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Emotional Transformations

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Since coming home from Florida the latter part of September, I've had some adjustments to make. Even though I couldn't wait to come home and get back to my normal life as it was, there's been some differences in my emotions that I never experienced before. For the first time in my life, I’ve been losing focus on what I thought should be my focus. What I mean by that is not caring as much if my workspace and other spaces are neat and the sense of pride that went with it. I've also lost some of the excitement I used to experience when going to the movies, and even reading a great book is not as good as it's been and reading was (and still is to a certain extent) a great passion of mine. At first it bothered me and I kept asking myself, "What is wrong with me? Why can't I get back into my old groove?"

After feeling this way for a few weeks, I decided to look at this in a positive way and asked myself, "What's right about this?" It's like my brain is telling me that there are other things to be aware of and it's okay to change your emotions and feelings about things, as long as you can follow your intuition and share with loved ones who can lend some perspective and who are open to this type of discussion. Once I figured this out, it became easier for me to analyze the changes and how they affected me.

Okay, so I’m not as organized as I was, I can make the decision to keep my phone at home if Ralph and I are going out, and I've been giving myself enough time to slowly get to my destination so I can enjoy the beauty of Maine in the fall. My emotions have slowed down and I think it has a lot to do with the last year of being a caregiver for my dad before he passed. The experiences gained during this precious time were priceless and I understand what folks were talking about when they said, "You will always remember this experience and will be very glad that you did it and it will change you for life!" That statement is very true! These experiences included getting closer to family members, making new friends, getting to see old friends often, and meeting the most wonderful people on the face of the earth - the caregivers (or angels as I call them) of the sick and dying. It wasn’t just the people, however. It was also the learning and growing and executing of the many things that had to be done. During this time, I understood the meaning of the phrase, "Don't sweat the small stuff!"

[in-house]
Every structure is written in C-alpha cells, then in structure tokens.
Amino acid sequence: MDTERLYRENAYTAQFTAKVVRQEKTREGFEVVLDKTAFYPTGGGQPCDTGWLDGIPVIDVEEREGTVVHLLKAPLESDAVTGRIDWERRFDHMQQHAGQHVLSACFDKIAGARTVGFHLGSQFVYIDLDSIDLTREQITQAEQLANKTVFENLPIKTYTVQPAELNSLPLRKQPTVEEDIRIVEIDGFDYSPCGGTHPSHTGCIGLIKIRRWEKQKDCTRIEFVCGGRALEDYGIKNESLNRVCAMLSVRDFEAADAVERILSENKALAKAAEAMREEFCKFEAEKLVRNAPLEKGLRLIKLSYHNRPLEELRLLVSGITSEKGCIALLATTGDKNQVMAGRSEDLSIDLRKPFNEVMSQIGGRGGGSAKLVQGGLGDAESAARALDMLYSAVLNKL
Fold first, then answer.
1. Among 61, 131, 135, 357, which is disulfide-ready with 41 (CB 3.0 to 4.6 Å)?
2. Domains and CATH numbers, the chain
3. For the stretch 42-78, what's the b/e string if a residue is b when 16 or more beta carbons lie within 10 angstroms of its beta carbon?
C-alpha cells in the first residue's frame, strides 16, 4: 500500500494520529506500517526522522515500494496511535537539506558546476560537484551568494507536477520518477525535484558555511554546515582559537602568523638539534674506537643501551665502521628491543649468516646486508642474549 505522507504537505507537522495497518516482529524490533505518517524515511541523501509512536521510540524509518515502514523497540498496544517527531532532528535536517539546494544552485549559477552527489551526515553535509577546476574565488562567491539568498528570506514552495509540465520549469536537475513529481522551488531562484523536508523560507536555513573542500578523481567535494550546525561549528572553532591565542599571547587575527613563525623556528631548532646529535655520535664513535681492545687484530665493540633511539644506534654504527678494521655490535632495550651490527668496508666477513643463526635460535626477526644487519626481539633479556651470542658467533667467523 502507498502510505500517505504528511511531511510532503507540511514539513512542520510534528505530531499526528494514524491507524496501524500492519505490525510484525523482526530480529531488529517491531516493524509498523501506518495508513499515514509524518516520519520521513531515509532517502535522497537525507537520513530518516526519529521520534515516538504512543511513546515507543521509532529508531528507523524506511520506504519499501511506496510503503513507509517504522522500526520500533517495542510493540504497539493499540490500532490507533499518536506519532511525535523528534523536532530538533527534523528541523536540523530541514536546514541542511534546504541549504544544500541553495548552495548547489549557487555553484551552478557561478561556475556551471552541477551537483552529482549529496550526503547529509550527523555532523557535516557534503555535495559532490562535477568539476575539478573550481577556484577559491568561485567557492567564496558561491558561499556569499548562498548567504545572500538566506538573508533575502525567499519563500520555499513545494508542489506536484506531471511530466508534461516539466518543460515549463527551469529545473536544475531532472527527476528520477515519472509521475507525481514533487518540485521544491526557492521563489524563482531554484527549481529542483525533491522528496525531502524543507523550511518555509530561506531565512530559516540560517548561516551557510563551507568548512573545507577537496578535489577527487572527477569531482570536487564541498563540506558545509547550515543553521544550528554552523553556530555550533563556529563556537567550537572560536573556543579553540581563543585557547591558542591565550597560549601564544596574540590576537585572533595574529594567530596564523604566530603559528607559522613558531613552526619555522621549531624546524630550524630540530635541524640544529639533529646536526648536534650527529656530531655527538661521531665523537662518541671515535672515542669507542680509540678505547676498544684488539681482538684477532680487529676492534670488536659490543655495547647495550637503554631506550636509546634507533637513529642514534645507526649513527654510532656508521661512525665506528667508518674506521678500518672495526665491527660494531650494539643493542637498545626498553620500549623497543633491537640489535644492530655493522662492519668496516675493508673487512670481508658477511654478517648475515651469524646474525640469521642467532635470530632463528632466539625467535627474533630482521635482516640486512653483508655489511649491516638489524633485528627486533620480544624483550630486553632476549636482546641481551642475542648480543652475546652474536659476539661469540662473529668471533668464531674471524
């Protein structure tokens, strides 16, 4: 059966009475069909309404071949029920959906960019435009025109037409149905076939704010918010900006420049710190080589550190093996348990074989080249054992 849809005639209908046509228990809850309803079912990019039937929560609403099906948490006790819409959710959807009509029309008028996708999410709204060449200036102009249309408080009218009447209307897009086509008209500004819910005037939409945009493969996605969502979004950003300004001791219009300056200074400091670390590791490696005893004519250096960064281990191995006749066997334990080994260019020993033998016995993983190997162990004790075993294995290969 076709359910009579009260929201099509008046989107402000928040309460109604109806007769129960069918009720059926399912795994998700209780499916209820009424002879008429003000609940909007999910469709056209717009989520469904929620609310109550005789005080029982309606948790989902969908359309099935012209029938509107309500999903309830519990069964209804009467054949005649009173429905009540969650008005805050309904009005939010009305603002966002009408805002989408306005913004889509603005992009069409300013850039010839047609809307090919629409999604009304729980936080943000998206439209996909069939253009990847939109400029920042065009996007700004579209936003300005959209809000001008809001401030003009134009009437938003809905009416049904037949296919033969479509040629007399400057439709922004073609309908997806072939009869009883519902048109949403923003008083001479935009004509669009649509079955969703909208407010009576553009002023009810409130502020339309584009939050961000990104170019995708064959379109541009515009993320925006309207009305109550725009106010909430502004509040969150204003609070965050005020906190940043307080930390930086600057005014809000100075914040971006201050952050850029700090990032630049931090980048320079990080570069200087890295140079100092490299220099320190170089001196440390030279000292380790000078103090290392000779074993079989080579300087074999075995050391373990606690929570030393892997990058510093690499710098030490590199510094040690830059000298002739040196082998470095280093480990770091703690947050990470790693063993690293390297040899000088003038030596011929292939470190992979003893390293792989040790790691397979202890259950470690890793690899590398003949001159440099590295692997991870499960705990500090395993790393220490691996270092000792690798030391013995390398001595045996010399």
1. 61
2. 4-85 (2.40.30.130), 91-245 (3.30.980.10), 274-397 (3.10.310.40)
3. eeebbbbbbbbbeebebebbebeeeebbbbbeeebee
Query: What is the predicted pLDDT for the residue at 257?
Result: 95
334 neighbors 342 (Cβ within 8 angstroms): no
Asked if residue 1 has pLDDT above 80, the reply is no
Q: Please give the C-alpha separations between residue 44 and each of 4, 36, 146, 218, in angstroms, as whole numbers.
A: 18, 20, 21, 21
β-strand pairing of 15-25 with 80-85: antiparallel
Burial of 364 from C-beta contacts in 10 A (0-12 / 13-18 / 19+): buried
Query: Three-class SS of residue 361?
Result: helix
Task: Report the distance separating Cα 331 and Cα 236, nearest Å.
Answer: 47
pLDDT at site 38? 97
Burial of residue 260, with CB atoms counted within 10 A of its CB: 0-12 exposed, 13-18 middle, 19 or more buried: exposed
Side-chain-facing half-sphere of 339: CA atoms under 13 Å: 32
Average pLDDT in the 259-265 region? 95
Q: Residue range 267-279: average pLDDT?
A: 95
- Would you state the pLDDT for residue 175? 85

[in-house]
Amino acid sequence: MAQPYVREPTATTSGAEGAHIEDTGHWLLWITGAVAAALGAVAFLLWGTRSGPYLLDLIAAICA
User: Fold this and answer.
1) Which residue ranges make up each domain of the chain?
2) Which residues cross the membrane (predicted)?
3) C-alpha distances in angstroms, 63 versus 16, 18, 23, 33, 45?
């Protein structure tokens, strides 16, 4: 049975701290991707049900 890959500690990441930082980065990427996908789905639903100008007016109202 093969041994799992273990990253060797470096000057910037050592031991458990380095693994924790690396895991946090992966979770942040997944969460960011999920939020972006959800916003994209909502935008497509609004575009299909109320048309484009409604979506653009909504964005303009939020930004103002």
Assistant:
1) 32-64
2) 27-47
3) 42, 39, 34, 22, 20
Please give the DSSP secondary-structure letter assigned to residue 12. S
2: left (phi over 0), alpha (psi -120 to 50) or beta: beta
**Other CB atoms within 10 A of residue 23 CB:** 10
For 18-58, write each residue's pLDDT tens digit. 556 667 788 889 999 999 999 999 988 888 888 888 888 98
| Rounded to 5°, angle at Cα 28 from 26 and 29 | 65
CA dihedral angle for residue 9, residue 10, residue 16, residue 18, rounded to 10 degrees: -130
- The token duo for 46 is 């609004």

As I write this article and look around at my desk full of papers that can easily be filed or organized away, there's an emotion that is keeping me from stressing out and that emotion is acceptance. I can accept that the work will always be here and it will only take an hour or two to get organized, so why stress about it - I'll get to it when I can. I used to feel guilty when things didn't get done or I took some time to be with my family during working hours. I now know what a waste of precious time it was to stress or even feel guilty.

Instead of feeling guilty or stressed, I can truly say that I'm transforming emotionally. I'm alright with leaving my smart phone at home to enjoy each moment with my family. So far, I haven't hurt anyone or missed anything important that needed to be done. How amazing is that? There’s a big dose of balance in my life right now and remembering to listen to my intuition has helped me a lot. I believe that we all have something in us (whether it is a sixth sense or intuition) and sometimes we experience enough life to listen to it or feel it emotionally.

As I think about what I've experienced, there's a list of learned lessons that I'd like to share with you:

  • Define what's important in your life, first with yourself, and then share with a loved one or two because it tends to become even more clear to you when you have that conversation and they may appreciate your thoughts about it and perhaps model this process for themselves.
  • Make the time you need to catch up with or visit friends and loved ones as much as possible, if it suits your personality. If not, perhaps one close friend or mentor will do. Most people find that having deep conversations with friends or loved ones is therapeutic.
  • If you find yourself working more than relaxing or spending time with family and friends, assess what can be done about it and schedule in some off-work time to gain some perspective or plan some physical activities or find some fun stuff to do.
  • Perhaps waking up every morning with a question: What is the best thing I can do today that will be productive, fun, or do me and/or others some good? Doing Yoga exercises first thing in the morning helps also...: )
  • If you get stressed over an abundance of workload or being pulled in different directions to work, visit, or do things around the house, simply stop and assess what's the most important thing to do. Communicating with people and letting them know the truth about your schedule usually works out fine as most people understand and they appreciate the honesty.

I can truly say that my stress level is shrinking and my appreciation for life increasing. I'd like to know what you think!!
Please do not hesitate to give feedback about this article...Thanks for reading!

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lorraine

Lorraine Twombly
Priority Learning
Co-Owner


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